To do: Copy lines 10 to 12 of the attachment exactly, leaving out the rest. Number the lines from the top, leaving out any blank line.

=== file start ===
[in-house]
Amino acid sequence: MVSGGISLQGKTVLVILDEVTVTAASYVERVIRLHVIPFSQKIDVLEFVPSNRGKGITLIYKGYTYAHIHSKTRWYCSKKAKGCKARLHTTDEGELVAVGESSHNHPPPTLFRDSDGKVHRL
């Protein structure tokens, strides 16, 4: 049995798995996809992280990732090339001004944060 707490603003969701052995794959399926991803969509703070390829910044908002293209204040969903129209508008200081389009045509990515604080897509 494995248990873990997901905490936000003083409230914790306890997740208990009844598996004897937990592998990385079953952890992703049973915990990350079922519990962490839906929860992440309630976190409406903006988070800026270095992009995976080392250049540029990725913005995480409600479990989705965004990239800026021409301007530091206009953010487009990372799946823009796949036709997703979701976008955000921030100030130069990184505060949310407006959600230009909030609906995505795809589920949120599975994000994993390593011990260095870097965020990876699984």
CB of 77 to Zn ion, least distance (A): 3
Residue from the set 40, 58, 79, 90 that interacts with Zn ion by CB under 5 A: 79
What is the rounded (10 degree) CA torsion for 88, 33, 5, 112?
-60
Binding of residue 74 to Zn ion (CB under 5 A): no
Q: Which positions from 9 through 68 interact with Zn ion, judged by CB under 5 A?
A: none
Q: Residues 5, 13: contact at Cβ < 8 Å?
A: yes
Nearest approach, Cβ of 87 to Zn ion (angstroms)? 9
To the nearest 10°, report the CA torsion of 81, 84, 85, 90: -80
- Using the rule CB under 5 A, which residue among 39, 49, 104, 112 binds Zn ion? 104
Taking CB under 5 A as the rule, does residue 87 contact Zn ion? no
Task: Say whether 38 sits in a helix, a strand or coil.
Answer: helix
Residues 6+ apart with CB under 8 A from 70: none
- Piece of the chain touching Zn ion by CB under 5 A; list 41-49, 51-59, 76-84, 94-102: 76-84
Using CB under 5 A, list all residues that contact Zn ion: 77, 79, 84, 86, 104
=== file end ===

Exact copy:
A: none
Q: Residues 5, 13: contact at Cβ < 8 Å?
A: yes